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Cyber Tips - Connected Home Devices: The Internet of Things

What is the Internet of Things (IoT)?

We have become more connected than ever before. A little over ten years ago, we only accessed the Internet through a laptop or a desktop computer. Then, we added phones and tablets to our list of connected devices. Today, we have even smaller connected devices, such as fitness trackers and smart watches. According to ABI Research, there will be over 30 billion devices connected to the Internet by 2020. The list of Internet connected devices, or “things”, keeps growing. Kevin Ashton, cofounder and executive director of the Auto-ID Center at the Massachusetts Institute of Technology (MIT), first mentioned the term Internet of Things (IoT) in 1999, but the first device to be connected to the Internet was actually a Coke machine at Carnegie Mellon University in the early 1980s. Programmers could connect to the machine over the Internet, check the status of the machine, and determine whether there would be a cold drink waiting for them. Today, IoT consists of everyday devices that are connected to the Internet, such as fitness trackers, vehicles, smart televisions, doorbells, light bulbs, home security systems, thermostats, and refrigerators. Basically, if it is not a computer, smartphone or tablet, and it connects to the Internet, it can be called an IoT device.

What are the issues with IoT devices?

Many people know they should install anti-virus (AV) software on their computers and be careful of what websites they visit or software they download. Unfortunately, most people probably do not consider their IoT devices to be a security threat. These devices are more accessible and make our lives more integrated, but many of the companies behind these new devices are not designing them with security in mind. For example, many IoT devices have default passwords that are well known and cannot be changed, or cannot be changed easily. They also can be difficult or impossible to update to mitigate known vulnerabilities, or have no settings to customize security.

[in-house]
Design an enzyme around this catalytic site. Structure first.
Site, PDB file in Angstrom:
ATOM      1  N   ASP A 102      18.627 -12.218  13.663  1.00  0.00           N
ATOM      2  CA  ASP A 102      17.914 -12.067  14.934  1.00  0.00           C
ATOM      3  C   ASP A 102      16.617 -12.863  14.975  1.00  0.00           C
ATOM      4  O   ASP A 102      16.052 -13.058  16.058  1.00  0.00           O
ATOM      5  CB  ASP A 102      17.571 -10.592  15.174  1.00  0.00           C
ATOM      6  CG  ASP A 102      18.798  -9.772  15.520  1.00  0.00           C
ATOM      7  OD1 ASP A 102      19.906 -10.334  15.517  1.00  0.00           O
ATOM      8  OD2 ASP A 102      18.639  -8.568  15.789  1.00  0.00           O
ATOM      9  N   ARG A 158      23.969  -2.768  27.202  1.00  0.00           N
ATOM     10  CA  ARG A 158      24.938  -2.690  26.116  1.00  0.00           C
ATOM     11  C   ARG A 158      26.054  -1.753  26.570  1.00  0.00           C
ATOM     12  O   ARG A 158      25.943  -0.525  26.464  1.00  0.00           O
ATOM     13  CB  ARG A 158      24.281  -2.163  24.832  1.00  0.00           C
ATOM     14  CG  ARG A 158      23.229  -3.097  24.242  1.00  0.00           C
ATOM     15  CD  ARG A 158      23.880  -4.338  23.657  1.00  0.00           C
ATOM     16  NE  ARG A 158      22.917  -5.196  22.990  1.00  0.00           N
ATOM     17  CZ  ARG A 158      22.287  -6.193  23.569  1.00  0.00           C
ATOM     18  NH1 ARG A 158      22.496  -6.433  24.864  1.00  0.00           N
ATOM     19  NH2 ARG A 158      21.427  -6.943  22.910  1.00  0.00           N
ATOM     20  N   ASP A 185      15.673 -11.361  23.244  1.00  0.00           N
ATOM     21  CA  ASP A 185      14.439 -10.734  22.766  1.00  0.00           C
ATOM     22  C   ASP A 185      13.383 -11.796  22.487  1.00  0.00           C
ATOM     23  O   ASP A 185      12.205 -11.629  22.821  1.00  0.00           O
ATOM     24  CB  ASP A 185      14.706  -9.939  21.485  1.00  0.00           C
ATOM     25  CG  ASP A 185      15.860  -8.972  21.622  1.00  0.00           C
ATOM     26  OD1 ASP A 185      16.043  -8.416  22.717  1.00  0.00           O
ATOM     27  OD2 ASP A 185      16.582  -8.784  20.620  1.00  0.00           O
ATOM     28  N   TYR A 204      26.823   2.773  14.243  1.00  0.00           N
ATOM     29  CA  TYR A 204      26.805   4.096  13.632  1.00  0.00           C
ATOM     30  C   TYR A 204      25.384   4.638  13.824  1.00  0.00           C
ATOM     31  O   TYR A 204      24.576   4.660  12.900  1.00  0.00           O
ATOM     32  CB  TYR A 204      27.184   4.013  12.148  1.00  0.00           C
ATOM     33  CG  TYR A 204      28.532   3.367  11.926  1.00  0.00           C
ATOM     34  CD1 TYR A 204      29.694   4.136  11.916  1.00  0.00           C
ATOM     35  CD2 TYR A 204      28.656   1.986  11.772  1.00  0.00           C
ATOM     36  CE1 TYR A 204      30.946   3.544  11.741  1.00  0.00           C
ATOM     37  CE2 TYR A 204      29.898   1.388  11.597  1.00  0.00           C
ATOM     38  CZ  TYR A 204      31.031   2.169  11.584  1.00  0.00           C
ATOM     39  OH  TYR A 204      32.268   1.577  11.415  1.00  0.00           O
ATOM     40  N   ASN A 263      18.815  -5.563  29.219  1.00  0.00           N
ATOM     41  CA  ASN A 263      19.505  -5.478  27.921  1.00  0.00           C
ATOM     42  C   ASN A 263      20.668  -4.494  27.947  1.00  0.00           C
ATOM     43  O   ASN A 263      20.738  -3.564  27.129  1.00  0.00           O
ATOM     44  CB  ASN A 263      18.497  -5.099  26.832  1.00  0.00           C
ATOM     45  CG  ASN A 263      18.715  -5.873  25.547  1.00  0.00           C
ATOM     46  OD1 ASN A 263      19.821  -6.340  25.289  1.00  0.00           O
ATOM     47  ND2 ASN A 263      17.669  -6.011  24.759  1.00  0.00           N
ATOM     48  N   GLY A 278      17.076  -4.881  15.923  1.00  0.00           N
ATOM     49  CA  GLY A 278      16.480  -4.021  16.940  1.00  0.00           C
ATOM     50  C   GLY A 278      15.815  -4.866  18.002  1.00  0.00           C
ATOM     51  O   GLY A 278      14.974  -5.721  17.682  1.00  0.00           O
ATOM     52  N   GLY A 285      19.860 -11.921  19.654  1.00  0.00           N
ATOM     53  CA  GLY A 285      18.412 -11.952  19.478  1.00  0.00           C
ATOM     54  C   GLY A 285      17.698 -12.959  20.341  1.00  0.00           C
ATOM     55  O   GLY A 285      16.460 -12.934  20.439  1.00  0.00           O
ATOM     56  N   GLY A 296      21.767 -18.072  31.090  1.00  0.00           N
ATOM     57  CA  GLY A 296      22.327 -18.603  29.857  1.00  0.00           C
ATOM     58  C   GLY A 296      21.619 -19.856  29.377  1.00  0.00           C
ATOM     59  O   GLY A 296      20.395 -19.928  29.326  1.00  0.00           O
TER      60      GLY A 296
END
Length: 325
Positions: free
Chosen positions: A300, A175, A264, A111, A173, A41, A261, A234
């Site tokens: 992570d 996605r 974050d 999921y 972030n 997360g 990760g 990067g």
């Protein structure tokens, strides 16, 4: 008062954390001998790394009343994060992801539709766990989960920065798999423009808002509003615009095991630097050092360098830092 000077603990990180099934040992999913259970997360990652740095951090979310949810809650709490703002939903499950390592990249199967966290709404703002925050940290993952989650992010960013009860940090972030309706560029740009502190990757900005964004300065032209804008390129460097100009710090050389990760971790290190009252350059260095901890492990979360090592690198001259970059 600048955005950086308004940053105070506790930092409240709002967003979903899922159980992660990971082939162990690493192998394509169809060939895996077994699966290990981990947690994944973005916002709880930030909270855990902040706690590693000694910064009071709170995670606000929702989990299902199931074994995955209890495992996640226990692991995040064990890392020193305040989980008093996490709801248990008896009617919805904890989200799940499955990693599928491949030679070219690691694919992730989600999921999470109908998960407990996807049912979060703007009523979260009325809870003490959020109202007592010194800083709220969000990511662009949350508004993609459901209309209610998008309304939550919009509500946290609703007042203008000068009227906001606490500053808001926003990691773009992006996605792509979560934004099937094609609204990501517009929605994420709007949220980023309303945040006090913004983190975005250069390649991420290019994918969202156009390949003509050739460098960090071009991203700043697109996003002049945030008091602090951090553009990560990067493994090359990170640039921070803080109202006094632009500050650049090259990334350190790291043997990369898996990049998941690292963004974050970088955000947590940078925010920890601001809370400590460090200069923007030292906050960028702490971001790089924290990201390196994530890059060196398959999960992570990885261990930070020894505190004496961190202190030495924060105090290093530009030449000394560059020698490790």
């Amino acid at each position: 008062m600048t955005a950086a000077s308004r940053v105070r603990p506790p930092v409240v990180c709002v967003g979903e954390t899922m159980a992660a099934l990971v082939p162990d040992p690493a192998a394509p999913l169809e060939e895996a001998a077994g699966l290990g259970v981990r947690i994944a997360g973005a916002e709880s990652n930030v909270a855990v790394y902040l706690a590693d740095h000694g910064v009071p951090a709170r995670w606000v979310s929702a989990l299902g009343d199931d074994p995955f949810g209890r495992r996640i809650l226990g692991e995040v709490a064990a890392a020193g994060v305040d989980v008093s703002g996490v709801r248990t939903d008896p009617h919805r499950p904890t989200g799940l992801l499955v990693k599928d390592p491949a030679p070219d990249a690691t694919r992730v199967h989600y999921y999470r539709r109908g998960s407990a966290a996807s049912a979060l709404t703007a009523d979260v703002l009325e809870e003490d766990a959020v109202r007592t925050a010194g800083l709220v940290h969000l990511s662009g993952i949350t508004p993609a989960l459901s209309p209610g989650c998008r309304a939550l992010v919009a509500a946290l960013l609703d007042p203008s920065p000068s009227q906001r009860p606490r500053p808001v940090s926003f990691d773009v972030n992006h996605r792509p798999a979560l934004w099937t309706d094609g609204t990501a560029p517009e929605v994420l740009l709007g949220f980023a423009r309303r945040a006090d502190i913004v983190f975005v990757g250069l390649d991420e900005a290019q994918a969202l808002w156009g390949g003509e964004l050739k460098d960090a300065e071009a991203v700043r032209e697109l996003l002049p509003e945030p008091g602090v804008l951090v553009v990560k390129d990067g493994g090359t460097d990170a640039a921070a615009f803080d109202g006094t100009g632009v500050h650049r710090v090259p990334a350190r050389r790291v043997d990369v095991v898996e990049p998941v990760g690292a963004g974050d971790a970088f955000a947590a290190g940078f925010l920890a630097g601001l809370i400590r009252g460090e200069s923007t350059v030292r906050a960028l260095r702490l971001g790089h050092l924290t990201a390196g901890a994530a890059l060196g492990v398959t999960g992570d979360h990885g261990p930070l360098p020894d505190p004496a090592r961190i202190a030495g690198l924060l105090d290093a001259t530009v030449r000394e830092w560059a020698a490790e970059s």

Our dependence on Internet-connected devices has grown faster than the means, and/or awareness, to secure them. Leaving IoT devices unsecured, as with any Internet connected device, is like leaving the back door to your house unlocked. It gives attackers access to your personal information and the potential to further compromise other devices on your network. It also gives attackers the means to propagate their attacks onto others by using your insecure devices to attack other networks and devices.

How can you secure your IoT device?

So, what can you do to enjoy the functionality of IoT devices and remain more secure at the same time? The following tips may help you in these endeavors:

Resources:

https://www.abiresearch.com/press/more-than-30-billion-devices-will-wirelessly-conne/

http://internetofthingsagenda.techtarget.com/definition/Internet-of-Things-IoT